A STUDY of happy goats could provide greater understanding of the emotions of other species and improve the way animals are treated, scientists claim.
While fear and stress are relatively easy to spot in animals, and well researched, it is often more difficult to recognise subtle positive emotions.
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Scientists recruited residents at Buttercups Sanctuary for Goats in Boughton Monchelsea, Kent, to investigate the way they expressed different mild emotional states.
They found that goats were more likely to point their ears forward and keep their tail up when they were in a “happy” positive state.
They also uttered more stable calls, that were less varied in frequency.
Dr Alan McElligott, from Queen Mary, University of London, who led the research, said: “It is often relatively easy to identify negative emotions in animals but we know little about how they show that they are experiencing positive states.
“Subtle hints from goats like small changes in their calls, their heart rate or the position of their ears tell us about what state it is in and could indicate whether their environment is good for their welfare or not.”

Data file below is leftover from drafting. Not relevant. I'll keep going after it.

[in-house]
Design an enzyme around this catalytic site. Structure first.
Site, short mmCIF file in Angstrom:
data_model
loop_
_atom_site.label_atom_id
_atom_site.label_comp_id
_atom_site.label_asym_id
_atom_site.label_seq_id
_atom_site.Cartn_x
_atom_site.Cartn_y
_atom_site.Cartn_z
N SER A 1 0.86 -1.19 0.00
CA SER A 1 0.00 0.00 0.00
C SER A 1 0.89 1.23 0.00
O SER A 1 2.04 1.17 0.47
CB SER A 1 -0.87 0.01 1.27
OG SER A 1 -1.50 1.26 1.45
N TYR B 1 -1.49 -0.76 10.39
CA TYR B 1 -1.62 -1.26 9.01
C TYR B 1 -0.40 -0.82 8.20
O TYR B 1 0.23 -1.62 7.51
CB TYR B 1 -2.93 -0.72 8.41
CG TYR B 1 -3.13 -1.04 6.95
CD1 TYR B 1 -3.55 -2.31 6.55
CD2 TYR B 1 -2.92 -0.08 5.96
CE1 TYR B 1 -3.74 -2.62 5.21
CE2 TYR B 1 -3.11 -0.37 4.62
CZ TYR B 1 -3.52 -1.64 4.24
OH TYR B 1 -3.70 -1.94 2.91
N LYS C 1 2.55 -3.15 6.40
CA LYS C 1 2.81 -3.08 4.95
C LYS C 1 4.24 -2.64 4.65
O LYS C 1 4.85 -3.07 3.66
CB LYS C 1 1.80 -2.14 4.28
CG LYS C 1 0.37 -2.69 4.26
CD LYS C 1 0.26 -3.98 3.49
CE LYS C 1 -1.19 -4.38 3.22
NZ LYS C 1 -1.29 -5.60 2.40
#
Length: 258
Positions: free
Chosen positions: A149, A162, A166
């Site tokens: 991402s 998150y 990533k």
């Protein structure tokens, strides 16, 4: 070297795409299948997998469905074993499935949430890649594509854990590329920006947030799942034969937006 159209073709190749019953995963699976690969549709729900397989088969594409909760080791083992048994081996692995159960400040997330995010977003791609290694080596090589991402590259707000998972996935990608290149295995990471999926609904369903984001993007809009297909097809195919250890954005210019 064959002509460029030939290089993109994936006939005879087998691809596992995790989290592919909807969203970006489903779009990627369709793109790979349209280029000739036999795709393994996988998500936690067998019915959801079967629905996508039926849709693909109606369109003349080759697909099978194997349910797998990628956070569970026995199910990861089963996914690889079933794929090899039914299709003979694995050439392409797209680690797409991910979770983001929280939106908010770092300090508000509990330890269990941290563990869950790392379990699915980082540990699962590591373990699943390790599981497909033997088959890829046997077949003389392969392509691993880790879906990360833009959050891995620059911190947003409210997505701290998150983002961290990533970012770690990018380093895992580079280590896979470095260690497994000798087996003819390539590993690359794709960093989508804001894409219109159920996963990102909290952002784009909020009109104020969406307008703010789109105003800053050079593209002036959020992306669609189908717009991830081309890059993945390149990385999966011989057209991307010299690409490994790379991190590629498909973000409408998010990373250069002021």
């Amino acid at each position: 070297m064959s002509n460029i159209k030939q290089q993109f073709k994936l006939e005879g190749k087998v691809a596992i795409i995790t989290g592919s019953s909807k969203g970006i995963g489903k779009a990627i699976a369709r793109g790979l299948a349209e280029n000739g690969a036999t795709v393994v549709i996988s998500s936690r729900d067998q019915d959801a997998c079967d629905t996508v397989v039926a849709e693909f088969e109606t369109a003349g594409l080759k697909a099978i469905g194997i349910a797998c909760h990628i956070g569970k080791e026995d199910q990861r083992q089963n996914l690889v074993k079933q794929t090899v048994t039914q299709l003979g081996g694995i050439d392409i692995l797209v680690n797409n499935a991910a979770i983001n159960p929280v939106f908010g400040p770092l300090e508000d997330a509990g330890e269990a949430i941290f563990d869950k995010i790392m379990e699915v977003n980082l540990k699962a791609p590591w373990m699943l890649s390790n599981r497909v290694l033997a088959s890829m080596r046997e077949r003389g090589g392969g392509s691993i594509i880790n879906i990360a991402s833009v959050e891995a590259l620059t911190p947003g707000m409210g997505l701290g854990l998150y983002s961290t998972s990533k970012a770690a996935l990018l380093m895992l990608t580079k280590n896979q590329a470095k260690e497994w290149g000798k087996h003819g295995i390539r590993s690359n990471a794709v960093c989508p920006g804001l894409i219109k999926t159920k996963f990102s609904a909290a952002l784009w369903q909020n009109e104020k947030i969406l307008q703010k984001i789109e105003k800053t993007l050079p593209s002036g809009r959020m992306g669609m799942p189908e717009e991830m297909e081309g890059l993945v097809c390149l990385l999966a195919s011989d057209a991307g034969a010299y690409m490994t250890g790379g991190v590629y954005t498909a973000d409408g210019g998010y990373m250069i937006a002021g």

The findings, published in the journal Animal Behaviour, could lead to changes in the way animals are looked after, the researchers believe.
Co-author Dr Elodie Briefer, from the Swiss university ETH Zurich, said: “In this study, we were able to identify not only indicators of emotional arousal, but also whether emotions were positive or negative.
“Such indicators are important for the welfare of the animals, because they tell us when the animals are experiencing a negative versus a positive emotion, and we can thus adapt the environment to avoid negative emotions and promote positive ones.”
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